Main Menu (Mobile)- Block
Main Menu - Block
We are interested in understanding what neural computations allow animals to dynamically adjust their behavior according to the structure and demands of the environment and how these circuit mechanisms are perturbed in neuropsychiatric disorders.
In order for animals to survive in complex, natural and ever-changing environments they must be able to make inferences about the world on the basis of sparse and often ambiguous data.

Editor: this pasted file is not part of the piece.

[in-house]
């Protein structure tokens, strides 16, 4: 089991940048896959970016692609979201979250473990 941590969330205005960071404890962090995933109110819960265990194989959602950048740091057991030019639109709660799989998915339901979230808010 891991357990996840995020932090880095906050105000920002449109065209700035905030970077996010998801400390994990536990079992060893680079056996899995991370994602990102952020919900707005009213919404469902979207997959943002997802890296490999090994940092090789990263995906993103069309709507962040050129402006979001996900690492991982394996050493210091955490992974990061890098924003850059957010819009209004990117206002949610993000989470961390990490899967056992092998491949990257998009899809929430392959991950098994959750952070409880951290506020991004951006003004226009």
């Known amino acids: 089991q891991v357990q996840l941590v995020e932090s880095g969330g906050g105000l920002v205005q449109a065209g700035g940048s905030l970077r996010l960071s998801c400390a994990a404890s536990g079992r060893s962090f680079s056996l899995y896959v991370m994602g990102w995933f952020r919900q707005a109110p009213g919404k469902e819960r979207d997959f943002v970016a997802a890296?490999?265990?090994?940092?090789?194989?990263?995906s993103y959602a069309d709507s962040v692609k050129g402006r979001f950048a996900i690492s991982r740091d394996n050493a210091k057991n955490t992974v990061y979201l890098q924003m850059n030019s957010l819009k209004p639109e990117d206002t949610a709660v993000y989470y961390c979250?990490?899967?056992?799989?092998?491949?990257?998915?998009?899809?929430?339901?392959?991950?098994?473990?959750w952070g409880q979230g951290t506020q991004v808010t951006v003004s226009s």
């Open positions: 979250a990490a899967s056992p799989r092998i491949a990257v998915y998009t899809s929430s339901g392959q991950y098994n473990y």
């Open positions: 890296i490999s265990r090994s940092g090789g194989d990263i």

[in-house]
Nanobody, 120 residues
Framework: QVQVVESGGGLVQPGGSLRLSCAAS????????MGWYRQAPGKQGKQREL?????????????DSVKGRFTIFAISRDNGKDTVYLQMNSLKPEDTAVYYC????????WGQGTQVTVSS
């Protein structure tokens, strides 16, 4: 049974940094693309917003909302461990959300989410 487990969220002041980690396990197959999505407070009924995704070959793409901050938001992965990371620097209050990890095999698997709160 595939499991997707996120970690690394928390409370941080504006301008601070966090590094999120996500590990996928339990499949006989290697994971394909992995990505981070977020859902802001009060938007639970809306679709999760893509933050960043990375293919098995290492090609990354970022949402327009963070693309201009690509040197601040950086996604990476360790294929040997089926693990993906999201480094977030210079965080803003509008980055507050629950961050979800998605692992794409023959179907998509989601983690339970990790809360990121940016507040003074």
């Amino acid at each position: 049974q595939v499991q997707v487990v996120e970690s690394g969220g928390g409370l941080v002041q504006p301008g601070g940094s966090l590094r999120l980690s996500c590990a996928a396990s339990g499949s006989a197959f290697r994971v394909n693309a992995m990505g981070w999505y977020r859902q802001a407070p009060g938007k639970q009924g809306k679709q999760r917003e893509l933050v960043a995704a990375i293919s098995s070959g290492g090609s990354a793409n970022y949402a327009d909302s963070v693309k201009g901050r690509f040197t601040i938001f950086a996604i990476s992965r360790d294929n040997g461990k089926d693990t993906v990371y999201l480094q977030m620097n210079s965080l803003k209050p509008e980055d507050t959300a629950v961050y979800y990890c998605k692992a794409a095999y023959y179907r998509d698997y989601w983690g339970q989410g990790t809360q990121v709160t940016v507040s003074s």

One way to effectively navigate a complex environment is by attempting to construct an internal model of the environment’s governing rules. Such an internal model not only computes an estimate of the current environmental state based on available data, but discovers and incorporates general principles about the causal rules that operate in the environment. The overall interest of our lab is to understand how model-based inference is accomplished by neural circuits. Causal reasoning and the ability to acquire abstract hierarchical relational schemas has been shown for rats, making them a good model for uncovering the underlying circuit computations. Our approach thus relies on a combination of behavioral tasks in rats designed to isolate specific aspects of model acquisition and updating, recordings of the underlying neural ensemble dynamics, perturbation of specific circuit elements and computational modeling.